Pike: Some kids just passed me on the highway with my couch in the back of their truck!!
“Shit.” What were the odds?
AEM: Don’t panic. I got them to help me get rid of it.
AEM: So dramatic. Calm down. Because you don’t need it anymore.
Pike: Where the hell do you expect me to sit?!?
AEM: Are you texting and driving?
Pike: Red light.
AEM: Put your phone down. Drive safe. I’ll see you soon.
Pike: Not done, dude!
AEM: Phone down!!!!!!
AEM: LOL! What is that?
AEM: Stop. Drive. Talk when you get here.
There were no more texts, so Eddie assumed Pike’s red light had changed. He sat on the new couch and waited for his lover to return, sucking on his soul patch and hoping he’d done something good.
He heard the echoing clomp of heavy foot treads on the stairs long before Pike came banging into the apartment.
“Why are people stealing my couch?” he thundered, slapping his gloves onto the kitchen table, then doing a double take. “Where’s my table?”
Eddie eyed him. “That table would never have held your weight.”
“My weight? What?” He looked around the place. “Where is my stuff?”
“Most of it is all still here.” Eddie got up and went to the TV stand. He pulled out the antique wooden box from underneath and lifted the lid to show Pike that all his CDs and DVDs were safe inside. “The other ones have your game console and controllers and headphones and everything. You didn’t have a turntable, so we put your records inside the chest, but they don’t have to stay there.” He gave the couch a good, solid shake. “See? No wobbles.”
Pike turned to him. “Where. Is. All. My. Stuff?”
“Pike?” Eddie took a step back. “I—”
“Who told you to get rid of all my things?”
“Well, I—” …thought I was doing something nice.
Pike wandered the apartment, running his hands over the new furniture, opening drawers, and feeling the fabrics. “You did all this in one day?”
“Anthony and Derrek and Tiffany did most of it.”
Eddie nodded. “From the antiques shop, yeah.”
“They did all this.”
Eddie nodded. “And his friend and his friend’s girlfriend.”
Pike scratched at the back of his neck, gazed around, and rubbed his fingers over his mouth. “I—I have to shower.” He left the room, entered the bathroom, and shut the door. Eddie moved to follow him, but the lock snicked into place and he stopped.
Ten years ago Eddie Crane, an actor on the rise, loved his costar and dreamed of the day they could be together. But his love, with his submissive nature, couldn’t handle fame, and before Eddie could help him, he died in a car accident—with Eddie at the wheel.
Now, guilt-ridden, Eddie buries himself in bad decisions and prays that a stunt—on or off camera—will go wrong.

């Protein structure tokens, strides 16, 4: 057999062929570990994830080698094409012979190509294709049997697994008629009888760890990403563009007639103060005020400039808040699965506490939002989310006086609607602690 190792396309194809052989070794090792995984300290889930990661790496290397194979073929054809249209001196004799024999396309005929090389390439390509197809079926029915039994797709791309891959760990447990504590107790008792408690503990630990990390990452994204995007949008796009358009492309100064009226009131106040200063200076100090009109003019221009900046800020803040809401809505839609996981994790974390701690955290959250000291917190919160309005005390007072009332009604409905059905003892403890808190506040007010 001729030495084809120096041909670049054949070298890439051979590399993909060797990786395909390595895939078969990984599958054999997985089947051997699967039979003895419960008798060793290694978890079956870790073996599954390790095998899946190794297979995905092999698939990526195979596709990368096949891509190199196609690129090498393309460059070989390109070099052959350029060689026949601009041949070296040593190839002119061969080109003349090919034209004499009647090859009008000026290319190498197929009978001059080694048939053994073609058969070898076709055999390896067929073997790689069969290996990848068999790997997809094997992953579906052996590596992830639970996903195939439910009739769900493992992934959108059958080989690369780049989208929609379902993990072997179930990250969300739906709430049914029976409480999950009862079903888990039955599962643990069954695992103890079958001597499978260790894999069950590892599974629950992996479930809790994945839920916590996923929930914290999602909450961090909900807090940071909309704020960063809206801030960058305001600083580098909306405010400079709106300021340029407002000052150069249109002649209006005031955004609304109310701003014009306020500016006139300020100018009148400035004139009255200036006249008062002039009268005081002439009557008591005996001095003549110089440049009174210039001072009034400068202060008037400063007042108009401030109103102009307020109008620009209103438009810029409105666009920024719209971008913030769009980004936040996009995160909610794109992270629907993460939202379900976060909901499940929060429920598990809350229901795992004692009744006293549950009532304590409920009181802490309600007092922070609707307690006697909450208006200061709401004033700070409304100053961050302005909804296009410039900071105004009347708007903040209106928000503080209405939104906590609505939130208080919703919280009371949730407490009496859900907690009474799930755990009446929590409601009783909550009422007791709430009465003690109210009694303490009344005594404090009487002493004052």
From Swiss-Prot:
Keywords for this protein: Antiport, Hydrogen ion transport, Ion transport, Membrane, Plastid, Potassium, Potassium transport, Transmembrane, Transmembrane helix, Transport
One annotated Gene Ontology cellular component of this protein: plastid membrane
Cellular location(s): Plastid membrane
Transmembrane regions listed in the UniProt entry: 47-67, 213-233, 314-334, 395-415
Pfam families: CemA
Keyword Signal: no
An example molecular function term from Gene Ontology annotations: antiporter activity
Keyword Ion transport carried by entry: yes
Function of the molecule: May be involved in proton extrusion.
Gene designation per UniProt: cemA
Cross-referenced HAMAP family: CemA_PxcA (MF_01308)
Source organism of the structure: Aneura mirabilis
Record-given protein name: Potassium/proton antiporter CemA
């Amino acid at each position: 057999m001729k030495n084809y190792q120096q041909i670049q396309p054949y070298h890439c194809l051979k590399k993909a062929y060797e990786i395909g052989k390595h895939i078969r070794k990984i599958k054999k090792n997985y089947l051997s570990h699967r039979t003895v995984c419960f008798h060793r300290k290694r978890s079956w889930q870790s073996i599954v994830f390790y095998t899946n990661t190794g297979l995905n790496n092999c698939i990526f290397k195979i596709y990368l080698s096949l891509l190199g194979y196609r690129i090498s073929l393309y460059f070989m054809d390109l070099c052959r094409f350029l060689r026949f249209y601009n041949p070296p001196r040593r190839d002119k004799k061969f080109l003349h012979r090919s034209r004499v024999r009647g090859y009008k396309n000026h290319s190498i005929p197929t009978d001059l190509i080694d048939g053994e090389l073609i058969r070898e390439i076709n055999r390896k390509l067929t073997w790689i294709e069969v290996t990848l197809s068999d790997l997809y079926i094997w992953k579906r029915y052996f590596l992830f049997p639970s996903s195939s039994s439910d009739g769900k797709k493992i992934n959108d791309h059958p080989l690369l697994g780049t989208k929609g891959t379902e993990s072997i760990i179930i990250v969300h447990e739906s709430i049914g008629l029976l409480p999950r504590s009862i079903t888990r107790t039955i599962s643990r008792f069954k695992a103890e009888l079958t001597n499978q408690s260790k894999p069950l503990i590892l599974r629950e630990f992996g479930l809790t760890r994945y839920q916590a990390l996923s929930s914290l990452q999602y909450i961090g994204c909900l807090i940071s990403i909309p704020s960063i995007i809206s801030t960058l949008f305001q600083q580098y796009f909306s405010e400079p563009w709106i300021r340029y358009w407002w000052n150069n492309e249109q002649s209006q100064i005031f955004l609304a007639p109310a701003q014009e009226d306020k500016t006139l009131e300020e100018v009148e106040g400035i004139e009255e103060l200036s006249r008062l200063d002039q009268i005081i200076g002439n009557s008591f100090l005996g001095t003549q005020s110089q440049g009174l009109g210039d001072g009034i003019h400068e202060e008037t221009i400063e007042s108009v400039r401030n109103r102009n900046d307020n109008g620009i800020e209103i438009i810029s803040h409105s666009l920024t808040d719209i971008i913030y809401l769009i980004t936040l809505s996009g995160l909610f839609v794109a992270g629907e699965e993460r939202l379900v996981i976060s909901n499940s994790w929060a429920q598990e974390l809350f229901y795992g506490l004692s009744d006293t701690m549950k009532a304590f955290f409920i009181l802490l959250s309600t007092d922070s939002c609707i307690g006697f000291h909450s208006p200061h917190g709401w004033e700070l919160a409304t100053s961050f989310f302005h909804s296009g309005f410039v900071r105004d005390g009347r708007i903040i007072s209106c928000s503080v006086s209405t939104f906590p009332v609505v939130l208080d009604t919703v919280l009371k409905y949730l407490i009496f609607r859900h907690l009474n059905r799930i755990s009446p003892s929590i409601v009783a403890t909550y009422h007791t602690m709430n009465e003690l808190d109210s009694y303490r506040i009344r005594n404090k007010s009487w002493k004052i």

Teenaged fantasies about the actor on his wall distracted Arthur Pike from real life—his dead father, runaway mother, gruff grandparents, and his unrequited love for his cousin’s straight husband. Now grown and off the farm, Pike is a horse stuntman hired to teach a reluctant Eddie to ride.
Pike is drawn to Eddie’s dominant nature despite the sadness clinging to the actor. Eddie let one lover down, but in Pike’s submissiveness, he sees the possibility for redemption.
Pre-Order Link: Dreamspinner Press
About the Author: Jaime has been writing for various publishers since the fall of 2008, although she’s been writing for herself far longer. Often asked why men; what’s so fascinating about writing stories about men falling in love, she’s never come up with a clear answer. Just that these are the stories that she loves to read, so it seemed to make sense if she was going to write, they would also be the stories she wrote.
These days, you can find plenty of free reading on her website. She also writes for Freya’s Bower, Jupiter Gardens, and Total E-Bound.
Spare time, when it can be found rolled into a ball at the back of the dryer or cavorting with the dust bunnies in the corners, she’s probably spending crocheting, drawing, gardening (weather permitting, of course, since she is Canadian!) or watching movies. She has a day job, as well, which she loves, and two kids, but thankfully, also a wonderful husband who shoulders more than his fair share of household and child care responsibilities.
She graduated some time ago from college with a Fine Arts diploma, and a major in textile arts, which basically qualifies her to draw pictures and create things with string and fabric. One always needs an official slip of paper to fall back on after all….